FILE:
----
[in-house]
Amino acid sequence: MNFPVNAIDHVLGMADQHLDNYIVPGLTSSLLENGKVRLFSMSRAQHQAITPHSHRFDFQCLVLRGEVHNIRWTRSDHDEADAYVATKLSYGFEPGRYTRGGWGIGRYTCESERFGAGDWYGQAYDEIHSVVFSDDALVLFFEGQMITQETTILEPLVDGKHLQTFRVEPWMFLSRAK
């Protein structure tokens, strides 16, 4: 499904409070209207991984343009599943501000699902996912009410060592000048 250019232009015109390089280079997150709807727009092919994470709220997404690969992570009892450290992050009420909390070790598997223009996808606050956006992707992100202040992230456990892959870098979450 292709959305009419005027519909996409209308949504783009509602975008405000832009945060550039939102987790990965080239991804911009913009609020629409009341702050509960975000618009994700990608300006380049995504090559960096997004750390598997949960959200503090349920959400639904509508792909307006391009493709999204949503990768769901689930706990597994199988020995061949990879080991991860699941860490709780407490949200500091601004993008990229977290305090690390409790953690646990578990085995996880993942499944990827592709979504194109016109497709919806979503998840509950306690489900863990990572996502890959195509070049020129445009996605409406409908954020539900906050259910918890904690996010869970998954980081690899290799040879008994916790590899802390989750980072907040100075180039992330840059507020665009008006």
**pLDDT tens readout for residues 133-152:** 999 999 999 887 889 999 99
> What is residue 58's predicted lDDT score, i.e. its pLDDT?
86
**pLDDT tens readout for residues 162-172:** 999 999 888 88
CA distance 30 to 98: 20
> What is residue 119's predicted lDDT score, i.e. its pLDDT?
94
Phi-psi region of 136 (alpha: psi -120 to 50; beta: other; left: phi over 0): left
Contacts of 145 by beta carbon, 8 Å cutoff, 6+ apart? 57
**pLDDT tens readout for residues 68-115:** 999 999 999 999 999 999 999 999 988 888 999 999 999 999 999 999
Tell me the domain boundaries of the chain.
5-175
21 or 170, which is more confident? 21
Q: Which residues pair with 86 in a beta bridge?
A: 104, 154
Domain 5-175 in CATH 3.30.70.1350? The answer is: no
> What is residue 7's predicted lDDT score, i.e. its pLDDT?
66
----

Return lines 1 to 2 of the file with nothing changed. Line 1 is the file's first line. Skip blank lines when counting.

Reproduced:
[in-house]
Amino acid sequence: MNFPVNAIDHVLGMADQHLDNYIVPGLTSSLLENGKVRLFSMSRAQHQAITPHSHRFDFQCLVLRGEVHNIRWTRSDHDEADAYVATKLSYGFEPGRYTRGGWGIGRYTCESERFGAGDWYGQAYDEIHSVVFSDDALVLFFEGQMITQETTILEPLVDGKHLQTFRVEPWMFLSRAK